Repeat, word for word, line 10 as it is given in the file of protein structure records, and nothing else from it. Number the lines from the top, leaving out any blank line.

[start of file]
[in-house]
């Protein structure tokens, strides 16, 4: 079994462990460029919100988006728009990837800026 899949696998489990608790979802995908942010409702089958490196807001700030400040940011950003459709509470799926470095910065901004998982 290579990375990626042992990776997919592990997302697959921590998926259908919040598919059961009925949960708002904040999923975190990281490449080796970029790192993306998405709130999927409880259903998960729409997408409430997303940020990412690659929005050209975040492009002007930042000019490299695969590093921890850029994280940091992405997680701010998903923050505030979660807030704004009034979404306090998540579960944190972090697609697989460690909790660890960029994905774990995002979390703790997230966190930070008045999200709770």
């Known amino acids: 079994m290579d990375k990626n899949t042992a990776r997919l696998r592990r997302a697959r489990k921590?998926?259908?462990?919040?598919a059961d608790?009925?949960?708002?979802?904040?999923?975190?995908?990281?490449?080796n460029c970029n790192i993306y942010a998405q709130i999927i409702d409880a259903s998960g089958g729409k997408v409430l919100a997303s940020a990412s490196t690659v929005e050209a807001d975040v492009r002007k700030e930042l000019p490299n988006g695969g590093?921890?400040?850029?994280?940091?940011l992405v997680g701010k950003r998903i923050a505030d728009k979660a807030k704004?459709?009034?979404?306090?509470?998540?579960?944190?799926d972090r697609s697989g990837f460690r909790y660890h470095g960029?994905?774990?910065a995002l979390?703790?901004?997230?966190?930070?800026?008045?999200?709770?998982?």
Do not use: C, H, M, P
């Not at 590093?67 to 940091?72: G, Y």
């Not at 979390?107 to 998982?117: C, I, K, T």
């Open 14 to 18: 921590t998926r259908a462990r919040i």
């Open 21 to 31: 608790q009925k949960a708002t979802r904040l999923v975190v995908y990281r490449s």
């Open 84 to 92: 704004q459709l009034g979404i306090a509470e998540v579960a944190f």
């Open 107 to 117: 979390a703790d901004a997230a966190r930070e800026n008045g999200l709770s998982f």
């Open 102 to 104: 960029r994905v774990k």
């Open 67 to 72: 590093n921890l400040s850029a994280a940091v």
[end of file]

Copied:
């Open 107 to 117: 979390a703790d901004a997230a966190r930070e800026n008045g999200l709770s998982f």